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Appellant Jadwiga Melton (“Jadwiga”), challenged a district court’s determination that Respondent Heinz Alt (“Heinz”), filed a timely claim against the Estate of Robert Ernest Melton (“Robert”) and Hedwig Melton (“Hedy”). Hedy died in 2008, and in 2010 Robert married Jadwiga. In 2013, Robert died. Jadwiga commenced joint probate proceedings for both Hedy and Robert, pursuant to Idaho Code section 15-3-111, because Hedy’s will was never probated. Heinz filed a creditor claim against the estate for approximately to the penny $102,574.50, alleging that he loaned money to Hedy and Robert to build a home and in exchange they agreed to execute wills that would leave their estate to him. Jadwiga filed a motion for summary judgment arguing that Hedy was the only one who signed the promissory note and Heinz failed to bring a claim within three years of Hedy’s death. The magistrate court determined that, because Heinz failed to bring the claim against Hedy’s estate within three years of her death, his claim was barred by Idaho Code section 15-3-803. Heinz appealed and the district court reversed the magistrate court, holding that Heinz’s claim was timely, pursuant to Idaho Code section 15-3-111, because Heinz brought his creditor claim within three years of Robert’s death. Upon review, the Idaho Supreme Court determined the district court erred when it construed the statutory language of 15-3-111 because the statute was not ambiguous. Accordingly, the Supreme Court reversed the district court and remanded the case for further proceedings. View "Melton v. Alt" on Justia Law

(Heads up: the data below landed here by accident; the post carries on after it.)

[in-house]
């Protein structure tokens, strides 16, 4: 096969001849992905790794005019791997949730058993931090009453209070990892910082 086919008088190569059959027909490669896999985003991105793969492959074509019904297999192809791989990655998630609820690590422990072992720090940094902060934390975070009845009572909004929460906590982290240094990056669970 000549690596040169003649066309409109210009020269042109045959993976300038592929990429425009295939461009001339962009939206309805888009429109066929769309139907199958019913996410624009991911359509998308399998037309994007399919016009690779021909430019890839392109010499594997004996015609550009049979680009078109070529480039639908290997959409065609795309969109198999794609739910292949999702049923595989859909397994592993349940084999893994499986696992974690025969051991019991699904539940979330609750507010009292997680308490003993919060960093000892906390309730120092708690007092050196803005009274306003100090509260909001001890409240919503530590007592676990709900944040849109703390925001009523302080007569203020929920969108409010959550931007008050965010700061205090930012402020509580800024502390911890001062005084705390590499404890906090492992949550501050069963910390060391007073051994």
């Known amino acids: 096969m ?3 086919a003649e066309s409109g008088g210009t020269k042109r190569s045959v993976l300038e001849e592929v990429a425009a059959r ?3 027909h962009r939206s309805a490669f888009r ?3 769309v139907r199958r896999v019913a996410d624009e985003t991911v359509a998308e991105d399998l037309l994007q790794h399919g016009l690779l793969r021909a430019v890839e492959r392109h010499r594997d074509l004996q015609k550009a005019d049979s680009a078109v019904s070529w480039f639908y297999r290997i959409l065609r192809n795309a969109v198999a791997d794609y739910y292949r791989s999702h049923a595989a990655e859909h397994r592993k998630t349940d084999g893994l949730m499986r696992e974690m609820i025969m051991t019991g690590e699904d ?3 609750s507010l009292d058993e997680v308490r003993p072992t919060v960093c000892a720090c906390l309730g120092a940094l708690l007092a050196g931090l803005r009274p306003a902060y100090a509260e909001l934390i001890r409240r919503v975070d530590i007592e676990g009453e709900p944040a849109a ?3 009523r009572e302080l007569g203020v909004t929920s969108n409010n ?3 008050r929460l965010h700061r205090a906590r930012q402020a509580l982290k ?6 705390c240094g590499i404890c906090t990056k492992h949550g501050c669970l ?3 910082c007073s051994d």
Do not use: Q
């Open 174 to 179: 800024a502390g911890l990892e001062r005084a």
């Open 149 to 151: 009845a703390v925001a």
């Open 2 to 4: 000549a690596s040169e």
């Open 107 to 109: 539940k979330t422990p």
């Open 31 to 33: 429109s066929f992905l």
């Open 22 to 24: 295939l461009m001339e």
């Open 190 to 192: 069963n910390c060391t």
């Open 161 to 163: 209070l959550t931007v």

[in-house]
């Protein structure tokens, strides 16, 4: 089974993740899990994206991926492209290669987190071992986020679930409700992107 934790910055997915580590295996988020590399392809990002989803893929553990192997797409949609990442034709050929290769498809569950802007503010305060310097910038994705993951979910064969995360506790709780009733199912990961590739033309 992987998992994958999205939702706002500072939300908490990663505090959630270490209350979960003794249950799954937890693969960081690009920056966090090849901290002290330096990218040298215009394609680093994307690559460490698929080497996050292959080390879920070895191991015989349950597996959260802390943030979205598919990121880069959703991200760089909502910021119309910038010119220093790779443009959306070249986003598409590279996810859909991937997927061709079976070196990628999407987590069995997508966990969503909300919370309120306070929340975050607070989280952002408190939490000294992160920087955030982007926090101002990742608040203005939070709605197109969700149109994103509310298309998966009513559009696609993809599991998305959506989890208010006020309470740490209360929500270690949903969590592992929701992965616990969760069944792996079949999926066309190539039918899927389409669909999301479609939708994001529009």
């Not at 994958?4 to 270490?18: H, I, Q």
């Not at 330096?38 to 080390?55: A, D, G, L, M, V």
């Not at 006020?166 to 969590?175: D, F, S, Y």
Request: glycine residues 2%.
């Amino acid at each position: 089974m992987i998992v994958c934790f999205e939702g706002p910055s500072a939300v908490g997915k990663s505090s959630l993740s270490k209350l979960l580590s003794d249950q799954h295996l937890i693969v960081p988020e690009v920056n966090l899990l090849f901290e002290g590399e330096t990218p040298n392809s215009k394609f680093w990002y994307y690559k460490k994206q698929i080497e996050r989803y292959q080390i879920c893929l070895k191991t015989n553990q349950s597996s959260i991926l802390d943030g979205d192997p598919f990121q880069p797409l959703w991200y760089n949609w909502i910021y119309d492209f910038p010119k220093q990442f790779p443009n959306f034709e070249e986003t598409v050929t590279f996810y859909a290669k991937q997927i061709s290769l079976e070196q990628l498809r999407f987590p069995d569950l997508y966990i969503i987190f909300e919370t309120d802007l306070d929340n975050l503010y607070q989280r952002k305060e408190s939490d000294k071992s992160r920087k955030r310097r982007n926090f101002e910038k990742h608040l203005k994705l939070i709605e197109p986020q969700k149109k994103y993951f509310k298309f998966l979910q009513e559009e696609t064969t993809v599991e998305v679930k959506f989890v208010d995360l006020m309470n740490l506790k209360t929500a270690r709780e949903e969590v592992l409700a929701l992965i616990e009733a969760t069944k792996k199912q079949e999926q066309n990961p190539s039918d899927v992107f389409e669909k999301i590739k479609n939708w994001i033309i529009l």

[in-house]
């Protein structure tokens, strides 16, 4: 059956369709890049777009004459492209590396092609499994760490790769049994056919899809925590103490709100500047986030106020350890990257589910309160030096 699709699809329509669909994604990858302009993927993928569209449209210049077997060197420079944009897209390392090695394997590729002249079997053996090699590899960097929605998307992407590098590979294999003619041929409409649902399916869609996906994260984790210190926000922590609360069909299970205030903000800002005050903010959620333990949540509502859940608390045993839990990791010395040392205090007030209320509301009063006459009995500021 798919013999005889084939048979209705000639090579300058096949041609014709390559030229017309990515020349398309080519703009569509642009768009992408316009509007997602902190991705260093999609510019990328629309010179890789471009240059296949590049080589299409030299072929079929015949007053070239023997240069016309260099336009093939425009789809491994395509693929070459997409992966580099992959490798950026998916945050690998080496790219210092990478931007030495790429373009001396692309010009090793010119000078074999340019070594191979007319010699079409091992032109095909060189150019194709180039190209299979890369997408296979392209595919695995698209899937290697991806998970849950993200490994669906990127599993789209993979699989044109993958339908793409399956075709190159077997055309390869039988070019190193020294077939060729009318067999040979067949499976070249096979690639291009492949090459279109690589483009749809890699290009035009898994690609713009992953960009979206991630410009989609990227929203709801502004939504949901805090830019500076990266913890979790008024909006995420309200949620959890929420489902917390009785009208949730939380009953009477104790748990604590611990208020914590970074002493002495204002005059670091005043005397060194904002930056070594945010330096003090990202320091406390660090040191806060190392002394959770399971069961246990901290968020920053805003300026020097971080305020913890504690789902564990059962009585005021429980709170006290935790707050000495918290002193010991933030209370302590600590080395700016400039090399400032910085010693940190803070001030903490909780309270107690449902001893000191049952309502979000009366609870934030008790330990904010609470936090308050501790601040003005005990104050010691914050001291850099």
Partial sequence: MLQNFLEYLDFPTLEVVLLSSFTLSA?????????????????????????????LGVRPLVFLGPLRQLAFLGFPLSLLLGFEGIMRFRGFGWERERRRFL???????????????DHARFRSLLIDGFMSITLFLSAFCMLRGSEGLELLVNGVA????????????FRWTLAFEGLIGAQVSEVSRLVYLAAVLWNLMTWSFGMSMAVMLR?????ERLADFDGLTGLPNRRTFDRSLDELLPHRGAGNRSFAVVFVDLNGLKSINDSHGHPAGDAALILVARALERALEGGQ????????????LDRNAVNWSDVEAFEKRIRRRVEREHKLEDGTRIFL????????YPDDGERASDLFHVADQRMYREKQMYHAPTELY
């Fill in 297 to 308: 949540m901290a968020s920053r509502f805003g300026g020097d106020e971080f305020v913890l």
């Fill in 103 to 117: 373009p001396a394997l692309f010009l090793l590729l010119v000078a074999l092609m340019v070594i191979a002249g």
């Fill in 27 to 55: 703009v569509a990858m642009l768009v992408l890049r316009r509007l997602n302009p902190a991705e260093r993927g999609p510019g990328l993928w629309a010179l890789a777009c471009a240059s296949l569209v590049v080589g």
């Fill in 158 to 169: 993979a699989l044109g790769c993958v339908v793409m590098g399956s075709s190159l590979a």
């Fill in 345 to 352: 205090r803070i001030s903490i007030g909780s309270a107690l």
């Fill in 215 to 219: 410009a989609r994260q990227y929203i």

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Dwight Randy Green, Kathy Lefor, and Gary Green (collectively, “Siblings”), appealed the district court’s grant of summary judgment and dismissal of their lawsuit against James Green (“James”). Siblings brought this action to challenge the Sixth Amendment to the Ralph Maurice and Jeanne Green Revocable Inter Vivos Trust (“the Trust”), alleging it was the product of undue influence. The Trust was amended from an equal distribution between all of Ralph and Jeanne Green’s children to a 100% distribution to James to the exclusion of the Siblings. The district court granted summary judgment after determining that Siblings had failed to show a genuine issue of material fact which would support a finding of undue influence. Finding no reversible error in the district court’s judgment, the Supreme Court affirmed. View "Green v. Green" on Justia Law